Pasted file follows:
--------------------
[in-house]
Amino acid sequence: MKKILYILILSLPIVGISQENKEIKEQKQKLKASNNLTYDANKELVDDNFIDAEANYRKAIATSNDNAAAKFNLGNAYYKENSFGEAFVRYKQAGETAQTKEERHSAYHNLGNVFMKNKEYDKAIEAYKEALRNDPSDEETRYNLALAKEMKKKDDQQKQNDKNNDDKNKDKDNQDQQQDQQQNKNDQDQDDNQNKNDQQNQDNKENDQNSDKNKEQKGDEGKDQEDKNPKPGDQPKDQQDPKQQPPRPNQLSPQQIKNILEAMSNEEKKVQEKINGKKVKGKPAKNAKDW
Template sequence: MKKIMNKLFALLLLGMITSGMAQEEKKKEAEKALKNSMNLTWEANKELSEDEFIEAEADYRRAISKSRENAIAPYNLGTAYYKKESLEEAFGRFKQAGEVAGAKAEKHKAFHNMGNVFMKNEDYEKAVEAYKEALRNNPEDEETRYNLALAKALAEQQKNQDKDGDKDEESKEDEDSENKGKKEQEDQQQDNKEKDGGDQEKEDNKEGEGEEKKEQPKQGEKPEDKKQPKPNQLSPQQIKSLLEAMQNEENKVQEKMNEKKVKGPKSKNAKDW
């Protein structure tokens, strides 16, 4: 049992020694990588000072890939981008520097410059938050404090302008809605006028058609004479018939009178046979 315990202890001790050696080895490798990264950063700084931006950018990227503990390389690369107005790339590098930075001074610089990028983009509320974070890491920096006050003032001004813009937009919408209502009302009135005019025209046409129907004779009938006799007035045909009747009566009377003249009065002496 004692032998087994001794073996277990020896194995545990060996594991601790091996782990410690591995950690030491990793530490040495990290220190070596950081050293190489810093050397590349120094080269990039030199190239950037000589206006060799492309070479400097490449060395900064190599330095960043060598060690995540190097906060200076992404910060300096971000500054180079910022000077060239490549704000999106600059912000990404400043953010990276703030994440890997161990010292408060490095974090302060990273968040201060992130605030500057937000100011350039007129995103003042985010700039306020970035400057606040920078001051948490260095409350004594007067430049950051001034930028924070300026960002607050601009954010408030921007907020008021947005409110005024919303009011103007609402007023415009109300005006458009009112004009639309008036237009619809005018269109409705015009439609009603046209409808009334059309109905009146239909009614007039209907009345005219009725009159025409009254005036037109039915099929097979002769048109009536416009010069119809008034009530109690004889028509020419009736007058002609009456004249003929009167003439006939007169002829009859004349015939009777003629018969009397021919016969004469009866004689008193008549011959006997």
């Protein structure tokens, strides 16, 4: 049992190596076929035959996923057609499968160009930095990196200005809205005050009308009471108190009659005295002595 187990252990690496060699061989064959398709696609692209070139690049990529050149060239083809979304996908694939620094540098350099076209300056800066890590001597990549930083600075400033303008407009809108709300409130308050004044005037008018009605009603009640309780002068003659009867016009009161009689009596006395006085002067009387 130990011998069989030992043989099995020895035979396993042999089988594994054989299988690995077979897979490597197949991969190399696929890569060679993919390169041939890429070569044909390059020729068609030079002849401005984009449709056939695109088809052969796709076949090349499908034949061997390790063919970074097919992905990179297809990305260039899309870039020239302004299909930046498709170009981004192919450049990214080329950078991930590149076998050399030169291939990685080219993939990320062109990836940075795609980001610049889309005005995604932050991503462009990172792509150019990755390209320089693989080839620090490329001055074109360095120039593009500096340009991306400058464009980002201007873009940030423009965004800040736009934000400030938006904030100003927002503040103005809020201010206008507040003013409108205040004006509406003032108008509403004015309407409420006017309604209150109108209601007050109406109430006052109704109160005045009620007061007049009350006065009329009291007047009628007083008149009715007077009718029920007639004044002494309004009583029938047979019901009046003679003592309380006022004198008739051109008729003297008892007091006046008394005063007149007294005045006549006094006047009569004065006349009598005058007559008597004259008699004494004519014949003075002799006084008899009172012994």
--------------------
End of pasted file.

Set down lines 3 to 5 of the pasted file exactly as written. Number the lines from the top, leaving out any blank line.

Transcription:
Template sequence: MKKIMNKLFALLLLGMITSGMAQEEKKKEAEKALKNSMNLTWEANKELSEDEFIEAEADYRRAISKSRENAIAPYNLGTAYYKKESLEEAFGRFKQAGEVAGAKAEKHKAFHNMGNVFMKNEDYEKAVEAYKEALRNNPEDEETRYNLALAKALAEQQKNQDKDGDKDEESKEDEDSENKGKKEQEDQQQDNKEKDGGDQEKEDNKEGEGEEKKEQPKQGEKPEDKKQPKPNQLSPQQIKSLLEAMQNEENKVQEKMNEKKVKGPKSKNAKDW
């Protein structure tokens, strides 16, 4: 049992020694990588000072890939981008520097410059938050404090302008809605006028058609004479018939009178046979 315990202890001790050696080895490798990264950063700084931006950018990227503990390389690369107005790339590098930075001074610089990028983009509320974070890491920096006050003032001004813009937009919408209502009302009135005019025209046409129907004779009938006799007035045909009747009566009377003249009065002496 004692032998087994001794073996277990020896194995545990060996594991601790091996782990410690591995950690030491990793530490040495990290220190070596950081050293190489810093050397590349120094080269990039030199190239950037000589206006060799492309070479400097490449060395900064190599330095960043060598060690995540190097906060200076992404910060300096971000500054180079910022000077060239490549704000999106600059912000990404400043953010990276703030994440890997161990010292408060490095974090302060990273968040201060992130605030500057937000100011350039007129995103003042985010700039306020970035400057606040920078001051948490260095409350004594007067430049950051001034930028924070300026960002607050601009954010408030921007907020008021947005409110005024919303009011103007609402007023415009109300005006458009009112004009639309008036237009619809005018269109409705015009439609009603046209409808009334059309109905009146239909009614007039209907009345005219009725009159025409009254005036037109039915099929097979002769048109009536416009010069119809008034009530109690004889028509020419009736007058002609009456004249003929009167003439006939007169002829009859004349015939009777003629018969009397021919016969004469009866004689008193008549011959006997």
């Protein structure tokens, strides 16, 4: 049992190596076929035959996923057609499968160009930095990196200005809205005050009308009471108190009659005295002595 187990252990690496060699061989064959398709696609692209070139690049990529050149060239083809979304996908694939620094540098350099076209300056800066890590001597990549930083600075400033303008407009809108709300409130308050004044005037008018009605009603009640309780002068003659009867016009009161009689009596006395006085002067009387 130990011998069989030992043989099995020895035979396993042999089988594994054989299988690995077979897979490597197949991969190399696929890569060679993919390169041939890429070569044909390059020729068609030079002849401005984009449709056939695109088809052969796709076949090349499908034949061997390790063919970074097919992905990179297809990305260039899309870039020239302004299909930046498709170009981004192919450049990214080329950078991930590149076998050399030169291939990685080219993939990320062109990836940075795609980001610049889309005005995604932050991503462009990172792509150019990755390209320089693989080839620090490329001055074109360095120039593009500096340009991306400058464009980002201007873009940030423009965004800040736009934000400030938006904030100003927002503040103005809020201010206008507040003013409108205040004006509406003032108008509403004015309407409420006017309604209150109108209601007050109406109430006052109704109160005045009620007061007049009350006065009329009291007047009628007083008149009715007077009718029920007639004044002494309004009583029938047979019901009046003679003592309380006022004198008739051109008729003297008892007091006046008394005063007149007294005045006549006094006047009569004065006349009598005058007559008597004259008699004494004519014949003075002799006084008899009172012994």